The EGS Collab project: Status and Accomplishments

EGS Collab Team

Research output: Chapter in Book/Report/Conference proceedingConference contribution

1 Scopus citations


The EGS Collab project, supported by the US Department of Energy, is addressing challenges in implementing enhanced geothermal systems (EGS). This includes improving understanding of the stimulation of crystalline rock to create appropriate flow pathways, and the ability to effectively simulate both the stimulation and the flow and transport processes in the resulting fracture network. The project is performing intensively monitored rock stimulation and flow tests at the 10-m scale in an underground research laboratory. Data and observations from the field test are compared to simulations to understand processes and to build confidence in numerical modeling of the processes. In Experiment 1, we examined hydraulic fracturing an underground test bed at the Sanford Underground Research Facility (SURF) in Lead, South Dakota, at a depth of approximately 1.5 km. We drilled eight sub-horizontal boreholes in a well-characterized phyllite. Six of the boreholes were instrumented with many sensor types to allow careful monitoring of stimulation events and flow tests, and the other two boreholes were used for water injection and production. We performed a number of stimulations and flow tests in the testbed. Our monitoring systems allowed detailed observations and collection of numerous data sets of processes occurring during stimulation and during dynamic flow tests. Long-term ambient temperature and chilled water flow tests were performed in addition to many tracer tests to examine system behavior. Data were rapidly analyzed, allowing adaptive control of the tests. Numerical simulation was used to answer key experimental design questions, to forecast fracture propagation trajectories and extents, and to analyze and evaluate results. Many simulations were performed in near-real-time in conjunction with the field experiments, with more detailed process study simulations performed on a longer timeframe. Experiment 2 will examine hydraulic shearing in a test bed being built at the SURF at a depth of about 1.25 km in amphibolite under a different set of stress and fracture conditions than Experiment 1. Five sets of fracture orientations were considered in design, and three orientations seem to be consistently observed.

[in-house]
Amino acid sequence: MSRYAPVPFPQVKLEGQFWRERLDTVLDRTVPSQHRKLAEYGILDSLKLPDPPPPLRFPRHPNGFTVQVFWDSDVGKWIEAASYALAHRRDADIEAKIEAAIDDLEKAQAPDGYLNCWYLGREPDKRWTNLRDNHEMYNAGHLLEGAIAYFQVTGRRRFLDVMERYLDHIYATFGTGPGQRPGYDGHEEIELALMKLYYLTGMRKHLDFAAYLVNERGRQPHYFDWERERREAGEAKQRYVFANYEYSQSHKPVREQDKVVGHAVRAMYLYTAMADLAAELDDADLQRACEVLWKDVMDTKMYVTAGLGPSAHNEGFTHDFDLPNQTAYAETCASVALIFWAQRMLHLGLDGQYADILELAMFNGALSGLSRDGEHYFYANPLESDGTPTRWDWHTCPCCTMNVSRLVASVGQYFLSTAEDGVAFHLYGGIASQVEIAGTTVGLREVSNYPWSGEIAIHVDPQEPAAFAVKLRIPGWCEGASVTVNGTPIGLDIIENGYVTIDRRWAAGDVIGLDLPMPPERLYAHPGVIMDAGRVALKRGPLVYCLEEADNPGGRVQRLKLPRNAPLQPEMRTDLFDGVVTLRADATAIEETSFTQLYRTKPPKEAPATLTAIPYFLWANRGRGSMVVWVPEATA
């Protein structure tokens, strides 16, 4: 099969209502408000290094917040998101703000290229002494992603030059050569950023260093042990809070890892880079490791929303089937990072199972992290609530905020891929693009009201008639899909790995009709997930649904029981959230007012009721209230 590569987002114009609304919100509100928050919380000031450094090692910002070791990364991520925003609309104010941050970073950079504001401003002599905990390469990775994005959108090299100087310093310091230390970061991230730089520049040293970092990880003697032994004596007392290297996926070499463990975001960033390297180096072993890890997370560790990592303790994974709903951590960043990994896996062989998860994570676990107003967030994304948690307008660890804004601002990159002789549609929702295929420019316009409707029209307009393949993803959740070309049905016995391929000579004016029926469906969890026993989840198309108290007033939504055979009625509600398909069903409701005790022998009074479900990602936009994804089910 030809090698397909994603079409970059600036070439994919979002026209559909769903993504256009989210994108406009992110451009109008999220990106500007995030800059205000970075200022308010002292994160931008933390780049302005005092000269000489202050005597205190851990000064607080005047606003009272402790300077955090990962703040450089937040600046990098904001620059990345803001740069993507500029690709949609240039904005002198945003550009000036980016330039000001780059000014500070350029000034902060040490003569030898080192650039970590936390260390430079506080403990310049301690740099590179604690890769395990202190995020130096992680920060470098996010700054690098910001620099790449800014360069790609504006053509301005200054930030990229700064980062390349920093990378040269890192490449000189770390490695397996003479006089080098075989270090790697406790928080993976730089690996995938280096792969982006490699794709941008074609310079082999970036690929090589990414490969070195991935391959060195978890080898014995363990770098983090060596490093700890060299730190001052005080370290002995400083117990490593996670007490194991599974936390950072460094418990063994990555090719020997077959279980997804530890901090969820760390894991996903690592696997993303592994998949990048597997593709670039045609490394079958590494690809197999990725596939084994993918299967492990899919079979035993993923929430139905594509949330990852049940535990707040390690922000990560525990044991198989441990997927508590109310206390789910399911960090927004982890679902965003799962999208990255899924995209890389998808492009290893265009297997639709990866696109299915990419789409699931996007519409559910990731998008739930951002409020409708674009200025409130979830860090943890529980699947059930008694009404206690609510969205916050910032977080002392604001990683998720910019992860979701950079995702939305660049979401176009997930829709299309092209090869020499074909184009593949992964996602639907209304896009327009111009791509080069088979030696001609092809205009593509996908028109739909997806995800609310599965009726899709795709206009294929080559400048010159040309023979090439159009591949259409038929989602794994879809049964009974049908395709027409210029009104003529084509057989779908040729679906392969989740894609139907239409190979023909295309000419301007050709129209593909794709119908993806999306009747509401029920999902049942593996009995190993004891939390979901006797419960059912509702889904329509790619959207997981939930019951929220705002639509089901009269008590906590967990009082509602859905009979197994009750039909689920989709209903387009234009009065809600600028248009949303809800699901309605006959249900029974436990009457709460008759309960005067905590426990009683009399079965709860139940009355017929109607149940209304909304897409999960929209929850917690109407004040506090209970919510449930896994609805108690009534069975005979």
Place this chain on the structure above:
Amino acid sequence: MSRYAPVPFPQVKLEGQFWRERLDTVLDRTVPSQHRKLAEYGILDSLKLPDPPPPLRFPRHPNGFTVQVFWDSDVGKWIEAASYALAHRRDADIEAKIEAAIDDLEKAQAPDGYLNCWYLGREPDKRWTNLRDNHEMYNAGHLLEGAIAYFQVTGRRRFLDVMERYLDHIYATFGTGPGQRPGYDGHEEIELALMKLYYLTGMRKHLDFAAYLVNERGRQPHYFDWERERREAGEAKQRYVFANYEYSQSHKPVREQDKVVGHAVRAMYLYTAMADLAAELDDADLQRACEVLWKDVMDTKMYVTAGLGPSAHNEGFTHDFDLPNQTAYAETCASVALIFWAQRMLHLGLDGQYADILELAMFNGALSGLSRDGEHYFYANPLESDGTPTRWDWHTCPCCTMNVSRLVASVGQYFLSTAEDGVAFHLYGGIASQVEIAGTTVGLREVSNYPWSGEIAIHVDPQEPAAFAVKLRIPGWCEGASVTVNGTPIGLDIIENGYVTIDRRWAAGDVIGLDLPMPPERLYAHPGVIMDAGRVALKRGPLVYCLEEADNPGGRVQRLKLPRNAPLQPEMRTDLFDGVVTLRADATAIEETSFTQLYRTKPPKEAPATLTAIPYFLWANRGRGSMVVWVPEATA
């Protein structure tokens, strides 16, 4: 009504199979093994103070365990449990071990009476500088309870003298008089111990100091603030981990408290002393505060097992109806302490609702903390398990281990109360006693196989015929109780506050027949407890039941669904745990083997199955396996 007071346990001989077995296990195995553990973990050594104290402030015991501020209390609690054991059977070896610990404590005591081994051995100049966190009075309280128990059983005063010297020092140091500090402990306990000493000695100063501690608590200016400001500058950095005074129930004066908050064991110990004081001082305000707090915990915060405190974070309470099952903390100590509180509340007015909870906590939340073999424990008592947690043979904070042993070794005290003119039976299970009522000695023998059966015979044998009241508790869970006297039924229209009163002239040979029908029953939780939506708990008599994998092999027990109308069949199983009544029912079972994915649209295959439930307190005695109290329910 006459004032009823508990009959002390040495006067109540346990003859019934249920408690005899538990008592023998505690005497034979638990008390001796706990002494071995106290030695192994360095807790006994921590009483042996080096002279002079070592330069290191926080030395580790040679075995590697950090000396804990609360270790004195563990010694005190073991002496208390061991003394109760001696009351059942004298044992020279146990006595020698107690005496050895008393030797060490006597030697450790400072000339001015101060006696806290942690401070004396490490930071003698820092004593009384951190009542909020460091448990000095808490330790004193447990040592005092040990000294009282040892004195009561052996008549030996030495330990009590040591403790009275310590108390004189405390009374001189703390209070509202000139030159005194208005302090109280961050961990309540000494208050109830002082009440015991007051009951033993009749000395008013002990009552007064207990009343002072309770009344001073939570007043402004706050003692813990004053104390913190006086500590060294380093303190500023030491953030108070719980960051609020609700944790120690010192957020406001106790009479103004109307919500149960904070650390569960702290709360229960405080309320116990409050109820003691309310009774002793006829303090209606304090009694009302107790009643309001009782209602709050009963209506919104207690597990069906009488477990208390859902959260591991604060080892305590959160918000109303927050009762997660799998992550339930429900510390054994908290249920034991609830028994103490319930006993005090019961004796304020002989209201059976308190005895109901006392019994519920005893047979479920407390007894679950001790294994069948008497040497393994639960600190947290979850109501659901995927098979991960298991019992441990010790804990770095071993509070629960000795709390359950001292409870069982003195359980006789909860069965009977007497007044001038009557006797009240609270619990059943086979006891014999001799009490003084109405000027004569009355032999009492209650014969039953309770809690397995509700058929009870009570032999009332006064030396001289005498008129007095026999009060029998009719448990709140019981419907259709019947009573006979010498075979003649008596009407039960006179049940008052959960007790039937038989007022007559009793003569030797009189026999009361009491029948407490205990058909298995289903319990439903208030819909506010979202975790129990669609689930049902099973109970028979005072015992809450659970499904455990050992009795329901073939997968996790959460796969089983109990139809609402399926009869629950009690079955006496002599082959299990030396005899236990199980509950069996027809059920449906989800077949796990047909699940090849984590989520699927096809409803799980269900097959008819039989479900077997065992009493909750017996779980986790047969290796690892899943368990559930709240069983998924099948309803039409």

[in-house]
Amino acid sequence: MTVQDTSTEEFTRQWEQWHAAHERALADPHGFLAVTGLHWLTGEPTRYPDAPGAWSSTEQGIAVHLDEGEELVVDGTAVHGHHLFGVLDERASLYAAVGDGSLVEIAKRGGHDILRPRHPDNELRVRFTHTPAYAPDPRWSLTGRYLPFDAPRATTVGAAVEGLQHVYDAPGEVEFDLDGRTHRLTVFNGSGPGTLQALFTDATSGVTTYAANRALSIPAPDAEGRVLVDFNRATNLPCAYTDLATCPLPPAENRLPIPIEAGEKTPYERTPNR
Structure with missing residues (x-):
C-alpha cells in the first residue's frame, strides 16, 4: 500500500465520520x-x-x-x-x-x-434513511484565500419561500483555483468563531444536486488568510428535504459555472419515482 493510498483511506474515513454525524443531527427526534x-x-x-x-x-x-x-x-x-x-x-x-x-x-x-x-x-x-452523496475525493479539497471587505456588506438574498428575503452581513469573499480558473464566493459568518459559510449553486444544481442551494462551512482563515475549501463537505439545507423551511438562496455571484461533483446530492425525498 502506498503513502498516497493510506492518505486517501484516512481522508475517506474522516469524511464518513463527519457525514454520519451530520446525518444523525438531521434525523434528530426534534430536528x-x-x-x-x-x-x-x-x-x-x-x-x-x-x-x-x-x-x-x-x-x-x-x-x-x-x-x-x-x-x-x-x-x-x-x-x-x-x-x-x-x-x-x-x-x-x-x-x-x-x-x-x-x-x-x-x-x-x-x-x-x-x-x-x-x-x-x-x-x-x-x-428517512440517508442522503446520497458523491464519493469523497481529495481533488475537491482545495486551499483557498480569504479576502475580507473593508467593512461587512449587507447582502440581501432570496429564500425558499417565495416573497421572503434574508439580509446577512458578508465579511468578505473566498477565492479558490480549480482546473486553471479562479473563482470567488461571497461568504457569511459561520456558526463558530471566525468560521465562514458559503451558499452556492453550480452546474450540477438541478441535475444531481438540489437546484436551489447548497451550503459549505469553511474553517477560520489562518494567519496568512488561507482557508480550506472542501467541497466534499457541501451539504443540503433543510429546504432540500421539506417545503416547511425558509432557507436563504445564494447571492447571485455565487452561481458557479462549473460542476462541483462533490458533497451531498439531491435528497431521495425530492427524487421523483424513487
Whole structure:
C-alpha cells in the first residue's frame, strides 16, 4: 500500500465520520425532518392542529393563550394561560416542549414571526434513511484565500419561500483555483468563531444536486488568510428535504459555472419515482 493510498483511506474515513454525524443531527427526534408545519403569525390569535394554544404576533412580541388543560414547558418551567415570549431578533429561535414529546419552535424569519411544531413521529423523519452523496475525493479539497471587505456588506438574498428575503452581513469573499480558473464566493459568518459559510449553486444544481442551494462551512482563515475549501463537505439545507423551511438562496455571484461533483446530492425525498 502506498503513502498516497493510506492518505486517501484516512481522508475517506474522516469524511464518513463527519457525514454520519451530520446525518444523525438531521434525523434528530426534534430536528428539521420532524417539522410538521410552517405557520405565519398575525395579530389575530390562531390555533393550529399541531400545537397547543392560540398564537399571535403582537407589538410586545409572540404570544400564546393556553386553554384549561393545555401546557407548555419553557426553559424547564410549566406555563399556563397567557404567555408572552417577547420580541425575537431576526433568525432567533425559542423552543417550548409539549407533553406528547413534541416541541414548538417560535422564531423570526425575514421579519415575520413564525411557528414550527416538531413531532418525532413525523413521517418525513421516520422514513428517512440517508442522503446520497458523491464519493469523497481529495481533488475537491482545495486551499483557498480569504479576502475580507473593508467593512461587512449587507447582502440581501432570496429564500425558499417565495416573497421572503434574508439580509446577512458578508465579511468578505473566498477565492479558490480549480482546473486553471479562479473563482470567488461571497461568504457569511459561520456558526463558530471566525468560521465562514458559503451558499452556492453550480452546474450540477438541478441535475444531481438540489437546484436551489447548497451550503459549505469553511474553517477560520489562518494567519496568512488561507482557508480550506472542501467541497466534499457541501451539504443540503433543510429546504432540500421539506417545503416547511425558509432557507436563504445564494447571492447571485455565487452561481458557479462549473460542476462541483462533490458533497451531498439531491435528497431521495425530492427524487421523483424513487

Original languageEnglish (US)
Title of host publicationUsing the Earth to Save the Earth - 2021 Geothermal Rising Conference, GRC 2021
PublisherGeothermal Resources Council
Number of pages16
ISBN (Electronic)0934412278
StatePublished - 2021
Event2021 Geothermal Rising Conference: Using the Earth to Save the Earth, GRC 2021 - San Diego, United States
Duration: Oct 3 2021Oct 6 2021

Publication series

NameTransactions - Geothermal Resources Council
ISSN (Print)0193-5933


Conference2021 Geothermal Rising Conference: Using the Earth to Save the Earth, GRC 2021
Country/TerritoryUnited States
CitySan Diego

All Science Journal Classification (ASJC) codes

  • Renewable Energy, Sustainability and the Environment
  • Energy Engineering and Power Technology
  • Geophysics


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